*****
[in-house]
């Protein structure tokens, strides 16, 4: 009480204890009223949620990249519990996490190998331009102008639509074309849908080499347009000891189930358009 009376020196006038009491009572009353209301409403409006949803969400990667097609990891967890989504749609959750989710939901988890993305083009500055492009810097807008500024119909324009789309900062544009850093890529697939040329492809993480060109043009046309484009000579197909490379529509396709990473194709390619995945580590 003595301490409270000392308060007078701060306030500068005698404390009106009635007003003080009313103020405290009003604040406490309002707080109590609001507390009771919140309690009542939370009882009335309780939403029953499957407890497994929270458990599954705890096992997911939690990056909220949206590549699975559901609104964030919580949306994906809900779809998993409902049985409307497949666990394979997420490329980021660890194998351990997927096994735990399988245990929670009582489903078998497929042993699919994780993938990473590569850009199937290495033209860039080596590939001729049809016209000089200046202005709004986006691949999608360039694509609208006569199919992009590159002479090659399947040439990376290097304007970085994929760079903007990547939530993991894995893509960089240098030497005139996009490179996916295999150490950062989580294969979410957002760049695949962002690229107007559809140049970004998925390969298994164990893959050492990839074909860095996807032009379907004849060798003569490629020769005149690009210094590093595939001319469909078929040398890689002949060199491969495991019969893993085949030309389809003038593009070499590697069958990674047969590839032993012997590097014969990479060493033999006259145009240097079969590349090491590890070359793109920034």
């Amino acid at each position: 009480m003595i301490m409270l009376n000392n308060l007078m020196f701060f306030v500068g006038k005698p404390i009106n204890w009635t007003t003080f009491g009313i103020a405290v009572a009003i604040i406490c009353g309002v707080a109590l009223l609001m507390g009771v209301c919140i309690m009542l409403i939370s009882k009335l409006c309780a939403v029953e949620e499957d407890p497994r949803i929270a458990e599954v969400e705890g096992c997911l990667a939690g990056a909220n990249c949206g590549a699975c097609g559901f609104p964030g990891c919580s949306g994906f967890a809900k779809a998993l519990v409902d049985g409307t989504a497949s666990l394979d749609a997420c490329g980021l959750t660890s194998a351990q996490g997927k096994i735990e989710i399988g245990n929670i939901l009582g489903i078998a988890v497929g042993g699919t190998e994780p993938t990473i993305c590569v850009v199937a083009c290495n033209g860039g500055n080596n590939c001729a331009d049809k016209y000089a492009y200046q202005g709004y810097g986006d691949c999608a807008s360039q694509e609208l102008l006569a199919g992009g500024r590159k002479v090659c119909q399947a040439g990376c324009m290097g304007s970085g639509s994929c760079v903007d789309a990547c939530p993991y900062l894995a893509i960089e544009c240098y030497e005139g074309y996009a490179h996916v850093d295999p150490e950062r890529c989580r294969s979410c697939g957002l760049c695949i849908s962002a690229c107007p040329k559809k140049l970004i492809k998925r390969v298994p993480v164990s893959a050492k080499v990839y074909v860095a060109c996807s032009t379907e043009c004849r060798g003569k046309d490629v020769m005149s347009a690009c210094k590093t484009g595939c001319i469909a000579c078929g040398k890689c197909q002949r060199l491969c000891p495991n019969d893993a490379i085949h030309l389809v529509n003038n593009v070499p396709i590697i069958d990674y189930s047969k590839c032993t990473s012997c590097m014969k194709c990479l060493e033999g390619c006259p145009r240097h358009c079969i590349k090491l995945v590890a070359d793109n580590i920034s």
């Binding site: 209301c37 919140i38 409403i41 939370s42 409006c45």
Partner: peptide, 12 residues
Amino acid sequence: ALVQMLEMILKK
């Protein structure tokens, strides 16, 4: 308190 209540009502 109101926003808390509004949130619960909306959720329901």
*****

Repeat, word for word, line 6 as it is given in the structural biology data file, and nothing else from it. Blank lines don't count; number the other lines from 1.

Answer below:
Amino acid sequence: ALVQMLEMILKK